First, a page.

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Longevity reinsurance & risk transfer to go global: Prudential’s Kessler


The global longevity risk transfer market is primed for further growth as pension funds increasingly look to de-risk their pensions plans and, similar “catalysts that transformed” the U.K. longevity reinsurance sector begin to make moves in the U.S. and elsewhere, says Amy Kessler.

In recent times the longevity insurance and reinsurance market has witnessed exponential growth, particularly in the U.K., which is home to the largest longevity market in the world, but increasingly the U.S., Canada, the Netherlands and beyond are starting to show signs of ‘inevitable’ expansion.

“Globalization is just beginning with activity spreading quickly from the U.S., U.K., Canada and the Netherlands to France, Germany, Switzerland, the Nordics, Australia and beyond. Continued growth in the longevity risk transfer market is inevitable,” advised Kessler.

According to Kessler, Senior Vice President (SVP) and head of Longevity Reinsurance at Prudential Financial’s Pension Risk Transfer unit, since 2007 approximately $250 billion worth of U.S., U.K. and Canadian pension liabilities have been transferred to global re/insurers, with the majority occurring in the U.K.

Broken down by region and the rough $250 billion figure is as follows: $179.8 billion in the U.K., $67.3 billion in the U.S., and $16.2 billion in Canada. So it’s clear that the U.K. is leading the way in longevity risk transactions.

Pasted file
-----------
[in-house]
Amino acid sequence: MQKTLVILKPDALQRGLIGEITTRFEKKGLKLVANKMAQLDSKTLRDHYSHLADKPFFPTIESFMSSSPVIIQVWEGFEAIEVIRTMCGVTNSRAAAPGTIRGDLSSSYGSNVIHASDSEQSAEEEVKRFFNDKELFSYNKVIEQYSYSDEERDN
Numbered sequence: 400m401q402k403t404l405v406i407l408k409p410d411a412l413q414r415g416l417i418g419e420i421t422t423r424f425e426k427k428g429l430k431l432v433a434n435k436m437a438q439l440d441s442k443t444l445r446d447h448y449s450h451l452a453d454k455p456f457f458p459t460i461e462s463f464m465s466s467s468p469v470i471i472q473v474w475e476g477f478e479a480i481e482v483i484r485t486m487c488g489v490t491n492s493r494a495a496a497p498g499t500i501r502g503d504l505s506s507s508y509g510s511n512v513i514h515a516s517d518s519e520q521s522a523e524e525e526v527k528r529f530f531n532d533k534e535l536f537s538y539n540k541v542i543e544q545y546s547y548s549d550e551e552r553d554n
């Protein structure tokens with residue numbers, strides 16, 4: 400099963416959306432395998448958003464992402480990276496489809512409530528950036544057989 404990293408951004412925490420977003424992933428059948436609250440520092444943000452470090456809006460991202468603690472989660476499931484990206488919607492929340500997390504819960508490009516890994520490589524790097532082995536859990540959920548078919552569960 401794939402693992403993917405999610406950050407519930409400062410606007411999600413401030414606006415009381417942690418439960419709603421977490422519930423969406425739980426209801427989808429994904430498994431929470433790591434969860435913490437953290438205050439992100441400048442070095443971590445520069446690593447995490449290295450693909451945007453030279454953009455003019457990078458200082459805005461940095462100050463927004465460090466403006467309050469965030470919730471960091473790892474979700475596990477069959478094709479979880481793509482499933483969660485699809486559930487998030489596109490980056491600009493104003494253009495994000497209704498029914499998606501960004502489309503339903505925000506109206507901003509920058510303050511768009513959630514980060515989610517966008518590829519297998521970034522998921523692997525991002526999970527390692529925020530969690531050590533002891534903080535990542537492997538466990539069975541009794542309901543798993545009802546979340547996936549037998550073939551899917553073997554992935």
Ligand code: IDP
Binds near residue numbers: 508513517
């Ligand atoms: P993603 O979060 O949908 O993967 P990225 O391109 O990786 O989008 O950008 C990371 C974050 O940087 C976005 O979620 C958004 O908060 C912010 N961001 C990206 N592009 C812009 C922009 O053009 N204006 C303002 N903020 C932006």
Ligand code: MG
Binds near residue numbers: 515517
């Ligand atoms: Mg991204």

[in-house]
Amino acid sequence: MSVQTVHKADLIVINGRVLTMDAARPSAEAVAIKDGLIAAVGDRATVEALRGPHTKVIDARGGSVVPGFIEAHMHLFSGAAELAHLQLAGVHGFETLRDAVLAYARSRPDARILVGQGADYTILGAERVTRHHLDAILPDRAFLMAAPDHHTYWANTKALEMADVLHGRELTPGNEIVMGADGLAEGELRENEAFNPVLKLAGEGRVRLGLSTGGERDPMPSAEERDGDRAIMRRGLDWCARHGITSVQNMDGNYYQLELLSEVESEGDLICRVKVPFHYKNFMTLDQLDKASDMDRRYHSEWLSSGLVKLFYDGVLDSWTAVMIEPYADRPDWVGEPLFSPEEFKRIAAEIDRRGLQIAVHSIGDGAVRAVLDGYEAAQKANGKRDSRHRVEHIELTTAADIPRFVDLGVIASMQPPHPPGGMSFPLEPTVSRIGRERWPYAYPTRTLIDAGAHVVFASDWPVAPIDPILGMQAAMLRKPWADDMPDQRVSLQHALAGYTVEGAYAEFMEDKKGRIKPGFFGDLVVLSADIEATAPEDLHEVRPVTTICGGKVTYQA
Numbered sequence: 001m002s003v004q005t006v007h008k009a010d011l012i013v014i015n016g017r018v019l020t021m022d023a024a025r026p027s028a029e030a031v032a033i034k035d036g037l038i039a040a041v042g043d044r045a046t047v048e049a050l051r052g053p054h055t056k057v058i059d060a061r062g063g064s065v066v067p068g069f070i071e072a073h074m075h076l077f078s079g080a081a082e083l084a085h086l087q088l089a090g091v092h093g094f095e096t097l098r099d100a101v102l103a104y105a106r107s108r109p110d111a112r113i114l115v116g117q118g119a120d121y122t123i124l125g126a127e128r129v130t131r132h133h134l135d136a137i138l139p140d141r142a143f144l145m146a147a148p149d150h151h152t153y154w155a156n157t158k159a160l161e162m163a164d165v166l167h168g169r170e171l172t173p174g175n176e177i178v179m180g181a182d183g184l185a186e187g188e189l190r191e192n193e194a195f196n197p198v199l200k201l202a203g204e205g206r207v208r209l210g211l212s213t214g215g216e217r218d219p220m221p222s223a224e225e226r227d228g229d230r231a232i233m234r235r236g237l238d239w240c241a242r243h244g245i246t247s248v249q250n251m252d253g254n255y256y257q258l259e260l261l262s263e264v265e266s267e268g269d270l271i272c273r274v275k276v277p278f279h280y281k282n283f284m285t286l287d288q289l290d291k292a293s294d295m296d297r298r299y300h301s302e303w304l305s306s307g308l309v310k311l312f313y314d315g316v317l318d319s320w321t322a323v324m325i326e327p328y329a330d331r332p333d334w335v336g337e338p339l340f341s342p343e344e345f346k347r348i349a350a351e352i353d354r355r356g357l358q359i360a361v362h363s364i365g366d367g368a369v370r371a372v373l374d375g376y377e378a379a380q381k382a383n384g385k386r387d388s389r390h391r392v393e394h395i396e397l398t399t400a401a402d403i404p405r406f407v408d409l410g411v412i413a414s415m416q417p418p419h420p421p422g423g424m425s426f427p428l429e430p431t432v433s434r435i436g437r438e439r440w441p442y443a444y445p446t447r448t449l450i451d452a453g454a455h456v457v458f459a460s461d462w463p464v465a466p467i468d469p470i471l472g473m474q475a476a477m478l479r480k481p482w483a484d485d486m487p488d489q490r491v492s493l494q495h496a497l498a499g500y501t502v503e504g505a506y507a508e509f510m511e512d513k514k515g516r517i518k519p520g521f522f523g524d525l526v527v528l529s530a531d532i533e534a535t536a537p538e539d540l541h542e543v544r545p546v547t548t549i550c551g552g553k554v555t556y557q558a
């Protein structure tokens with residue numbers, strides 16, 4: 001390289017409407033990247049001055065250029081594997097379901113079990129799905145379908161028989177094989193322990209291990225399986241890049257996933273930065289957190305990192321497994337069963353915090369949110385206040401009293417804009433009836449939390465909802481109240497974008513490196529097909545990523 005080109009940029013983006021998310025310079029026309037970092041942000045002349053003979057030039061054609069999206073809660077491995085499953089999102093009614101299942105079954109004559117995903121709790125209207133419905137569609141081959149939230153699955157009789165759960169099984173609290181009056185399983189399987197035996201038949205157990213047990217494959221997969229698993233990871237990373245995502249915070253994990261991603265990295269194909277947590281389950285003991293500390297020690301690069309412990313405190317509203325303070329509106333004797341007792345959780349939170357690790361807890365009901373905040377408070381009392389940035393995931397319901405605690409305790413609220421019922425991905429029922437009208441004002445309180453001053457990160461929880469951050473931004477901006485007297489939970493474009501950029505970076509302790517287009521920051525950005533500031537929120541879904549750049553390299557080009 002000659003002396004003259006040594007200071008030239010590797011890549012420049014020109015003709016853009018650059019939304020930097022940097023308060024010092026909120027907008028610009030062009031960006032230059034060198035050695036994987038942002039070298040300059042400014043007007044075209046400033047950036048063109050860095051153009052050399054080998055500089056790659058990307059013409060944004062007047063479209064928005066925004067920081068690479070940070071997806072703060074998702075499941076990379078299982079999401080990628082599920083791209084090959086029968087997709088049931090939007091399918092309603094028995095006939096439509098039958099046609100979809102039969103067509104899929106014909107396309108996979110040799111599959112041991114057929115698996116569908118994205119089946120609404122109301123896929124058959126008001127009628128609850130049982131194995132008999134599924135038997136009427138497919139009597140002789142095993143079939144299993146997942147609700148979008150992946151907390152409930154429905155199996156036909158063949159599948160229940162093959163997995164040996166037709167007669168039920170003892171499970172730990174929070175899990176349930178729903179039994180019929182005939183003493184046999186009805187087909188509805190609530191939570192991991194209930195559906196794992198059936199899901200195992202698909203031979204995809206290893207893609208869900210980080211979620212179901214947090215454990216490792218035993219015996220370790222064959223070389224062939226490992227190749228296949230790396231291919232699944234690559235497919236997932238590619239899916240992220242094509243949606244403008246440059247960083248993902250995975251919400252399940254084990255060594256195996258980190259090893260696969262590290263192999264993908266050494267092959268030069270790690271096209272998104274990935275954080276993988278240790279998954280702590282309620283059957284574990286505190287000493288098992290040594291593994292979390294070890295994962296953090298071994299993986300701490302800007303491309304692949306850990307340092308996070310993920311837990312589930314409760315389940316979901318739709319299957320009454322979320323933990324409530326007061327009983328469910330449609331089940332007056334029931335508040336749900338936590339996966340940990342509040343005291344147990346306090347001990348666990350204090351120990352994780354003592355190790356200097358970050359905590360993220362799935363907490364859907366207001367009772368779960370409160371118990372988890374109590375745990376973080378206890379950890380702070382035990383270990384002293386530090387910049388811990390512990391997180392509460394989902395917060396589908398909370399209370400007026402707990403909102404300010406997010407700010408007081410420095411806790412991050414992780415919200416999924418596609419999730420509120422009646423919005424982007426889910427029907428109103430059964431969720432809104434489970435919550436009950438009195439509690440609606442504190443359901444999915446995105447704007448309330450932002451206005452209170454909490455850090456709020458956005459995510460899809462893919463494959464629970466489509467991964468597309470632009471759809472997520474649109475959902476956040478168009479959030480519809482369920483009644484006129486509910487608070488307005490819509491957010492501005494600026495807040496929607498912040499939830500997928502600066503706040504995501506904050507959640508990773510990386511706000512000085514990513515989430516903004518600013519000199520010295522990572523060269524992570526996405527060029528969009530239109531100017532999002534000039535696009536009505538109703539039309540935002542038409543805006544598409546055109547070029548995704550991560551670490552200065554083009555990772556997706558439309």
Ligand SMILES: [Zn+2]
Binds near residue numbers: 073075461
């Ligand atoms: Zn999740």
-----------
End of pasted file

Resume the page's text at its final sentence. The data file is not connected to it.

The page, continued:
Kessler, speaking recently in France at the Eleventh International Longevity Risk and Capital Markets Solutions Conference, predicts that over the next few years the global longevity market will double in size, amidst an ageing population and a growing demand from insurers, reinsurers and capital market participants to assume longevity exposures.

Towards the close of last year financial services ratings agency A.M. Best, predicted further growth of the pension risk transfer market in the states and globally during 2015, following significant expansion during 2014 and also citing an expectation that insurers and reinsurers in the space will likely face heightened competition from the capital markets.

Some nine months down the line, although failing to discuss how much of a role capital market solutions will play, in an interview with A.M. BestTV Phil Waldeck, also from Prudential Financial, said that re/insurers are increasingly “playing a role in taking on those obligations and being responsible for the retirement security of hundreds of thousands of retirees.”

A key driver for the predicted expansion of the global longevity risk transfer sector derives from the pioneering product innovation and development witnessed in the U.K., a trend that has increasingly caught the eye of North American counterparts.

“In recent years, North American plan sponsors have watched U.K. developments with growing interest,” confirmed Kessler, continuing to stress, “that many of the same catalysts that transformed the U.K. marketplace are now arriving in the United States and beyond.”